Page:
By Will Carlin
Pablo Picasso, the Spanish artist, lived most of his adult life in France. Even during the Second World War, while the Germans occupied the city, Picasso remained in Paris. When Adolf Hitler became Germany’s dictator, his personal artistic preference was given the force of law, and Picasso’s style did not fit the Nazi aesthetic. After being frequently harassed by the Gestapo, Picasso stopped exhibiting and retreated to his studio.
While continuing to paint, write poetry and plays and make bronze sculptures, he also took the time to sketch. And sketch. And sketch. Since his art school days, he had used drawings both as academic exercises and as studies for more complex projects. He was well known for abstracts in pencil and paint where he carefully removed feature after feature until only a few lines remained.
Some critics likened these studies to paintings made by children. “It took me four years to paint like Raphael,” Picasso responded, referring to the sixteenth-century Italian who was known for his clarity of form. “But a lifetime to paint like a child.”
When the war ended, Picasso was sixty-three years old. He had developed a single-line technique where he was able to convey the essence of his subject in one continuous line. Many of these drawings were of animals. They became some of his most iconic and beloved images: the camel, the penguin, the flamingo and, of course, the dog (which was a drawing of his pet dachshund named Lump, who became famous for eating one of Picasso’s pieces—a cut-out of a rabbit made from a cake box).
Sometime around Christmas of 1945, Picasso created The Bull, a suite of eleven lithographs that have become a master class in how to make a simple form by starting with the complex. A decade before he started the sequence, Picasso had said: “A picture used to be a sum of additions. In my case a picture is a sum of destructions.” The images of The Bull lay bare these small obliterations. In each painting Picasso removed, dissected and mutated the bull’s form, steadily transforming a quite literal representation of the beast into abstract shapes that somehow balanced each other and remained recognizable. The final, eleventh image was a simple outline that had been so carefully considered through the preceding plates, that it was still, unmistakably, a bull.
Artists worldwide have studied The Bull over the years, but simplification is a concept that transcends disciplines. In a New York Times article about Apple’s secretive Apple University, Brian Chen wrote that “Apple has religiously embodied the notion that function and beauty come from elegant simplicity, and teachers in its internal training program sometimes point to a collection of Picasso lithographs that artfully illustrate the drive to boil down an idea to its most essential components.”
Part of the education of The Bull is that simplicity is an intense process. At Apple that ethos is described by Jony Ive, Apple’s chief design officer, as “A thousand no’s for every yes.” And yet, many people, when they look at Picasso’s line drawings, think they can easily replicate the images. Some budding artists are particularly prone to this thinking and, to prove the point, have done series of line drawings themselves, trying to imitate what Picasso created. They have been seduced, of course, by the end result—the simplicity, energy and life captured in the simple line drawings leads them to think this is where they should start, at the end rather than the beginning.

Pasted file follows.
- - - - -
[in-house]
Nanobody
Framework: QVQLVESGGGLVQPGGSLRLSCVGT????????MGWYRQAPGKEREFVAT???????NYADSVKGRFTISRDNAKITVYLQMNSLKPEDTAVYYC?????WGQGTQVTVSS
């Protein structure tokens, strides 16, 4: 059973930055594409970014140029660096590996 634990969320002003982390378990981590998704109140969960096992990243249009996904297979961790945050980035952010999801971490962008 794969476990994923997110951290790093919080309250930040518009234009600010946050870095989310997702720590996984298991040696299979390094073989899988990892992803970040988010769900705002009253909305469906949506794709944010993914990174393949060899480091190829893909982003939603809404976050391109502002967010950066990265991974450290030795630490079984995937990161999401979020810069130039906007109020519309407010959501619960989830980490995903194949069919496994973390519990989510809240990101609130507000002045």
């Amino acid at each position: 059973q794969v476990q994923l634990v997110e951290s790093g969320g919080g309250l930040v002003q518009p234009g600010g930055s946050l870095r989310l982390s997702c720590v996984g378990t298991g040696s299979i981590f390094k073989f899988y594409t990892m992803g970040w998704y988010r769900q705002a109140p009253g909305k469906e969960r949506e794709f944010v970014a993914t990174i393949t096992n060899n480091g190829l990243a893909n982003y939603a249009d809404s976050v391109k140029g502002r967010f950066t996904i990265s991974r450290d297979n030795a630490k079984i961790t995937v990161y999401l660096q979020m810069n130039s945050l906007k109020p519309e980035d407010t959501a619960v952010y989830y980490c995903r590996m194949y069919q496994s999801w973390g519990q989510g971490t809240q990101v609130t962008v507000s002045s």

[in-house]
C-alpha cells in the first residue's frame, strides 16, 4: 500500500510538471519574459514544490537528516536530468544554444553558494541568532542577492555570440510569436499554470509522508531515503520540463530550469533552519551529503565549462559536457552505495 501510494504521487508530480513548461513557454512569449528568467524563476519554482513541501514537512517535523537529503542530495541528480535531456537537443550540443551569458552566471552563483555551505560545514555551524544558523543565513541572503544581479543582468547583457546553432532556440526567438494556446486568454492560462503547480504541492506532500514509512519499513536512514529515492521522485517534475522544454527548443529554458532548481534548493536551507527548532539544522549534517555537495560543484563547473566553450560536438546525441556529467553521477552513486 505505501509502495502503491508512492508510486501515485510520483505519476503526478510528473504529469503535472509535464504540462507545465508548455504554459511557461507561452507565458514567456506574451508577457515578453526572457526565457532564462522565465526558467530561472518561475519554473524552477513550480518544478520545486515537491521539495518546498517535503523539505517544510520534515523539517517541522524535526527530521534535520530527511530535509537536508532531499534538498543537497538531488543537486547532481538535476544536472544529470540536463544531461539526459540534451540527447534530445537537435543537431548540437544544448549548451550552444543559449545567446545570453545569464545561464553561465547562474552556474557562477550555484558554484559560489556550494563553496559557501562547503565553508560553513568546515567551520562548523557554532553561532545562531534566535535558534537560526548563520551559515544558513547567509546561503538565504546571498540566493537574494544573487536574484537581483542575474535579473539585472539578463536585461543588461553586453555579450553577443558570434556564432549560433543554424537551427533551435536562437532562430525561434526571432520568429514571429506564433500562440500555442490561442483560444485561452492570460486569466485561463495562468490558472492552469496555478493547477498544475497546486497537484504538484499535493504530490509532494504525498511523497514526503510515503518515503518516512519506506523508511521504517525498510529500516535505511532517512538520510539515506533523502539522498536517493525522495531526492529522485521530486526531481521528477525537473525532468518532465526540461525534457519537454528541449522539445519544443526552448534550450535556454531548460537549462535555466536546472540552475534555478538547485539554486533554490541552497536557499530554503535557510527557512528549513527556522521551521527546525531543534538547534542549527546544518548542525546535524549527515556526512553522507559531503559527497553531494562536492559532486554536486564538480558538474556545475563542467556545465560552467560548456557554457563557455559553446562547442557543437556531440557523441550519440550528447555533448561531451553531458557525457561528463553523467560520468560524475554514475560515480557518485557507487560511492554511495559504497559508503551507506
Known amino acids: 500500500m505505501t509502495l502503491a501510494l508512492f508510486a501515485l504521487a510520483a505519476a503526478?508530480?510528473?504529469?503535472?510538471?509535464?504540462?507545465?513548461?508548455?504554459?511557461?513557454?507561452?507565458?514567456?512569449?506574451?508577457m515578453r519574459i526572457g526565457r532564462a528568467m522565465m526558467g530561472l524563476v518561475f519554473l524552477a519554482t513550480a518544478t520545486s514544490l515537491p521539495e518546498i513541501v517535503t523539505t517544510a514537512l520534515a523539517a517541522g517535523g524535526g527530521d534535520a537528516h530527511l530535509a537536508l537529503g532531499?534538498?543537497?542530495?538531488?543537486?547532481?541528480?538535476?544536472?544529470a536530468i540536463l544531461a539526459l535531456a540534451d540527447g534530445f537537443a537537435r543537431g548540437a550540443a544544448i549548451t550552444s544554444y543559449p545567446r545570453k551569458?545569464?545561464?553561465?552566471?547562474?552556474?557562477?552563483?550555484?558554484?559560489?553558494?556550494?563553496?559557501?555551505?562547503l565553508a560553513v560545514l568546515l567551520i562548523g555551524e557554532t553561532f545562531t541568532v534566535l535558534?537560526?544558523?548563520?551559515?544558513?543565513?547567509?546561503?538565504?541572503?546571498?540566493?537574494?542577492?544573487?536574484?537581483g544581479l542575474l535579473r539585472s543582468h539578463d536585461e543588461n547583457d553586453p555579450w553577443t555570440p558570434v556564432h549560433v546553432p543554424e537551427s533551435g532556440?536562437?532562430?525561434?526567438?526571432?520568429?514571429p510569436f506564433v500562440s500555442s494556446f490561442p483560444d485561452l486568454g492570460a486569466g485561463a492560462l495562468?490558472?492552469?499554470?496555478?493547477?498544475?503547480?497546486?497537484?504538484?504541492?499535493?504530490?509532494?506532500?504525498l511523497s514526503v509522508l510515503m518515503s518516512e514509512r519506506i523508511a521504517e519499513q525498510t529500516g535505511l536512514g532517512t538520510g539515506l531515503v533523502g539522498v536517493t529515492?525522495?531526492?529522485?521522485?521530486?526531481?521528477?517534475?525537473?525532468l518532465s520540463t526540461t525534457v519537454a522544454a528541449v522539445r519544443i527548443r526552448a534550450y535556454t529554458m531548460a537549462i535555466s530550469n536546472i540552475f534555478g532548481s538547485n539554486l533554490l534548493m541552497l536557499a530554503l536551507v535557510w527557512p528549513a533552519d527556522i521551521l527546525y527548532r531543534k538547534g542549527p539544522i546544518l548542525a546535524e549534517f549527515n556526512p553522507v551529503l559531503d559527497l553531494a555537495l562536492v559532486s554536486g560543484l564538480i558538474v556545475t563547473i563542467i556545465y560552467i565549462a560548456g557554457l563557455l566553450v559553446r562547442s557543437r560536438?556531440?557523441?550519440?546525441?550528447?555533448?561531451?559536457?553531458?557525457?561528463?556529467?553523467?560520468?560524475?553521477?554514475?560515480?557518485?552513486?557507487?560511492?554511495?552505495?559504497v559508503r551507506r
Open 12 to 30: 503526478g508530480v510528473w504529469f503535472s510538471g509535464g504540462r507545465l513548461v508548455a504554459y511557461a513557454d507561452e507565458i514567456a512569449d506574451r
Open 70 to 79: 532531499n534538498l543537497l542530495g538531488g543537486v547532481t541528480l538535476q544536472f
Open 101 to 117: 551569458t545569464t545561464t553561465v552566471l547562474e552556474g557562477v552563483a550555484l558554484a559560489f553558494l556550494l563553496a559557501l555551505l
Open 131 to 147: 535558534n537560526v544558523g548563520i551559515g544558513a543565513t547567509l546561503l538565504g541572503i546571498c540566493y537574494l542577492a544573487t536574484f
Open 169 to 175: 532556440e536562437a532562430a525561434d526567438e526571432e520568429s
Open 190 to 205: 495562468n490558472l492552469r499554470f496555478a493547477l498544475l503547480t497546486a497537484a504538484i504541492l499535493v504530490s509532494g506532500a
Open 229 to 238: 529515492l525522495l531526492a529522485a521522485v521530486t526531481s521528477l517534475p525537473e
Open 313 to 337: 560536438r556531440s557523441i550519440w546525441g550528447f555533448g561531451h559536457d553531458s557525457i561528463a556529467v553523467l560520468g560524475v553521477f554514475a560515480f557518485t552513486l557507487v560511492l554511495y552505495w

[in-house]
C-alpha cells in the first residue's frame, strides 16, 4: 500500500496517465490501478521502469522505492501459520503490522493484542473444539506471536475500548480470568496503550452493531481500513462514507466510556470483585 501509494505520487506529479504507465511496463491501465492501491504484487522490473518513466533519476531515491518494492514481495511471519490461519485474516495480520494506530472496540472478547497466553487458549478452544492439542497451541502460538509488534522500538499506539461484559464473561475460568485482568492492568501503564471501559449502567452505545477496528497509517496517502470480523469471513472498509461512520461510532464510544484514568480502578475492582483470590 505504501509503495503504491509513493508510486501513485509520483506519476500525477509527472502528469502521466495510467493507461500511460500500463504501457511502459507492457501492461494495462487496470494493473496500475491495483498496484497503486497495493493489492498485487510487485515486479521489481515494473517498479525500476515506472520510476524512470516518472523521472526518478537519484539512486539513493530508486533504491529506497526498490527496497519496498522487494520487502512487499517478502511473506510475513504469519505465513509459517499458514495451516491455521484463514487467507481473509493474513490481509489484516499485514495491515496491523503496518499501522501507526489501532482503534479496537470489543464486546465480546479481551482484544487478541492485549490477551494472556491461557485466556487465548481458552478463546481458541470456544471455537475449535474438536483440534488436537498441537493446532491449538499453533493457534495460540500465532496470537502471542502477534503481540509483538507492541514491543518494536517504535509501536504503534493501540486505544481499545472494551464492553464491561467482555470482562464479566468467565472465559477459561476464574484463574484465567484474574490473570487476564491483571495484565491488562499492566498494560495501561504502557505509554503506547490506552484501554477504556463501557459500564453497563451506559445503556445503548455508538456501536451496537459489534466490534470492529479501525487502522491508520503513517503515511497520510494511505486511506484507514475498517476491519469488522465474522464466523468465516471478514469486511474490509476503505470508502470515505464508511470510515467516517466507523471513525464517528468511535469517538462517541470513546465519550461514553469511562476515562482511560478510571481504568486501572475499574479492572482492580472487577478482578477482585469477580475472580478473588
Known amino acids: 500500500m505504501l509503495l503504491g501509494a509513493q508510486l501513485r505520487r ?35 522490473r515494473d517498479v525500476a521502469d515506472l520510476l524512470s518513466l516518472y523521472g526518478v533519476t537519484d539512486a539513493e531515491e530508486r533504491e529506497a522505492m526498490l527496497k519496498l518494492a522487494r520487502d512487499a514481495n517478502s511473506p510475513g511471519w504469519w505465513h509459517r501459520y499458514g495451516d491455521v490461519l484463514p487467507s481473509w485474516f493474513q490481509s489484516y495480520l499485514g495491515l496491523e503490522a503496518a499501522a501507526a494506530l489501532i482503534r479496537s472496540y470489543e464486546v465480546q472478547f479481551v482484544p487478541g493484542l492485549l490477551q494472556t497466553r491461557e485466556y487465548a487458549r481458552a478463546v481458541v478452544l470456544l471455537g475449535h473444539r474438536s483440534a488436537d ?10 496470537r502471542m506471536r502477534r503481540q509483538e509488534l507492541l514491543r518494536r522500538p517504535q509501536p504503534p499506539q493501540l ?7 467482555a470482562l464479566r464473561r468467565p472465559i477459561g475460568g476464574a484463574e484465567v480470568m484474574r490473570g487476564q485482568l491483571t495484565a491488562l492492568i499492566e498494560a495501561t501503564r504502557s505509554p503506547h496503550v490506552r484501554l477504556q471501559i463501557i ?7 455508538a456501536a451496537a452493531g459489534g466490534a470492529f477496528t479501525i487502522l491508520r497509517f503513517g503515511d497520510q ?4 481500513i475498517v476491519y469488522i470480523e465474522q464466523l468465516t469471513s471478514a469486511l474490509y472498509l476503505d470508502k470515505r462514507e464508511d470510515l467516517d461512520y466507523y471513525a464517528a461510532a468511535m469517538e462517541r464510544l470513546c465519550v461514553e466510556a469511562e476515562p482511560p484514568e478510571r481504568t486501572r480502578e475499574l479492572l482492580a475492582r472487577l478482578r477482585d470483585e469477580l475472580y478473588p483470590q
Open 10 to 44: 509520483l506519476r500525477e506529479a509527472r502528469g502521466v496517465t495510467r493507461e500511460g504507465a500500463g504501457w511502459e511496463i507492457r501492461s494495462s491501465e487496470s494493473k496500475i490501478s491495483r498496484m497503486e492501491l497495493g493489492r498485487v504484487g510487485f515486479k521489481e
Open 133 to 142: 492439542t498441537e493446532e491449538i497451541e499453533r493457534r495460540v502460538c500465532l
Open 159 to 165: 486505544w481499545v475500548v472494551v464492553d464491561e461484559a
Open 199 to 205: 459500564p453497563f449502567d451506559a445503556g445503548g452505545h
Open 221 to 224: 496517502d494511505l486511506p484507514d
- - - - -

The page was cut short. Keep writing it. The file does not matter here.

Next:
The same allure also exists in sport. Young players imitate the diving outfield catch, the mid-air adjustment on a drive to the basket, the bicycle kick shot on goal, or the backhand overhead into the nick. It’s understandable; the result is cool, exciting and memorable.
But the focus on the outcome frequently discounts the effort it took to get there. At the 2017 Australian Open Roger Federer unveiled what looked like a new, compact backhand that nullified Rafael Nadal’s longtime advantage of hitting heavy topspin to that side. Federer was asked how he did it. He replied that he had been working on it for fourteen years with four different coaches. One incremental change at a time. It looked simple, but it took consistent determination.
Ramy Ashour’s brother, Hisham, once talked about the effort Ramy put into mastering certain squash shots: “He goes onto a court and practices it for hours and hours and hours. If he really wants to get a shot down, he makes a commitment that he won’t walk off the court until he has it down. No water, no bathroom, no breaks. Sometimes it’s like eleven or sixteen hours in a row hitting one single shot over and over for the entire time.” Perhaps it’s no accident that when Ramy is waiting to return serve, he holds his racquet much as a painter holds a brush or an artist holds a pencil.
Pencil sketches, like squash practice, represent an essential skill that gets changed and reinvented through constant reworking, constant reimagining and constant stripping things away until the essential remains. When people see genius they often think it looks simple. There is genius in simplicity, but Picasso’s The Bull insists that we acknowledge something else.
Simple takes work.